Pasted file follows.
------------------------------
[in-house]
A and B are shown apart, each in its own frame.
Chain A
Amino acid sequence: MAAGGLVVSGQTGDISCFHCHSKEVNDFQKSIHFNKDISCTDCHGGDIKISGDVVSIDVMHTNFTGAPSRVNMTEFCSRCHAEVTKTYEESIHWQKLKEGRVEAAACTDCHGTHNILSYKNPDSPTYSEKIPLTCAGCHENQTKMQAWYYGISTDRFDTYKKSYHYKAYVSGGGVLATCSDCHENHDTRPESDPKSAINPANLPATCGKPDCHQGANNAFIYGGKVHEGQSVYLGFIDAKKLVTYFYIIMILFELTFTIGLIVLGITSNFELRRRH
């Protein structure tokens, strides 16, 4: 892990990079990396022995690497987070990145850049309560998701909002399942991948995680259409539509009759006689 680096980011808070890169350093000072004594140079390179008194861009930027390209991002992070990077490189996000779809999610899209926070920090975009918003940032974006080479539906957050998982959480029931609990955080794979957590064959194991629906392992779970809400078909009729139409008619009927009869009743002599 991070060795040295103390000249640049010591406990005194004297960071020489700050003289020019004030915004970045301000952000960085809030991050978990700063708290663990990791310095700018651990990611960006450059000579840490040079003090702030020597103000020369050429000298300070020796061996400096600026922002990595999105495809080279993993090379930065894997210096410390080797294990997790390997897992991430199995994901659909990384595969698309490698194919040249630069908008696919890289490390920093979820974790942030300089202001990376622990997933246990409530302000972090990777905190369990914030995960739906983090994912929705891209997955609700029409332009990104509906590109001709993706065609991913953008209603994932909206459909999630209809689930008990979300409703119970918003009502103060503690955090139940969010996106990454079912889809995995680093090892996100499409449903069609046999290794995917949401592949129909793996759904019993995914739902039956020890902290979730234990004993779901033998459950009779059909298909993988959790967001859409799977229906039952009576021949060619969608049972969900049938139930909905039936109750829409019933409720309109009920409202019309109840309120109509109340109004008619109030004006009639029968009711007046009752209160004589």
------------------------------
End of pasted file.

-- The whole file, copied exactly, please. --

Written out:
[in-house]
A and B are shown apart, each in its own frame.
Chain A
Amino acid sequence: MAAGGLVVSGQTGDISCFHCHSKEVNDFQKSIHFNKDISCTDCHGGDIKISGDVVSIDVMHTNFTGAPSRVNMTEFCSRCHAEVTKTYEESIHWQKLKEGRVEAAACTDCHGTHNILSYKNPDSPTYSEKIPLTCAGCHENQTKMQAWYYGISTDRFDTYKKSYHYKAYVSGGGVLATCSDCHENHDTRPESDPKSAINPANLPATCGKPDCHQGANNAFIYGGKVHEGQSVYLGFIDAKKLVTYFYIIMILFELTFTIGLIVLGITSNFELRRRH
């Protein structure tokens, strides 16, 4: 892990990079990396022995690497987070990145850049309560998701909002399942991948995680259409539509009759006689 680096980011808070890169350093000072004594140079390179008194861009930027390209991002992070990077490189996000779809999610899209926070920090975009918003940032974006080479539906957050998982959480029931609990955080794979957590064959194991629906392992779970809400078909009729139409008619009927009869009743002599 991070060795040295103390000249640049010591406990005194004297960071020489700050003289020019004030915004970045301000952000960085809030991050978990700063708290663990990791310095700018651990990611960006450059000579840490040079003090702030020597103000020369050429000298300070020796061996400096600026922002990595999105495809080279993993090379930065894997210096410390080797294990997790390997897992991430199995994901659909990384595969698309490698194919040249630069908008696919890289490390920093979820974790942030300089202001990376622990997933246990409530302000972090990777905190369990914030995960739906983090994912929705891209997955609700029409332009990104509906590109001709993706065609991913953008209603994932909206459909999630209809689930008990979300409703119970918003009502103060503690955090139940969010996106990454079912889809995995680093090892996100499409449903069609046999290794995917949401592949129909793996759904019993995914739902039956020890902290979730234990004993779901033998459950009779059909298909993988959790967001859409799977229906039952009576021949060619969608049972969900049938139930909905039936109750829409019933409720309109009920409202019309109840309120109509109340109004008619109030004006009639029968009711007046009752209160004589």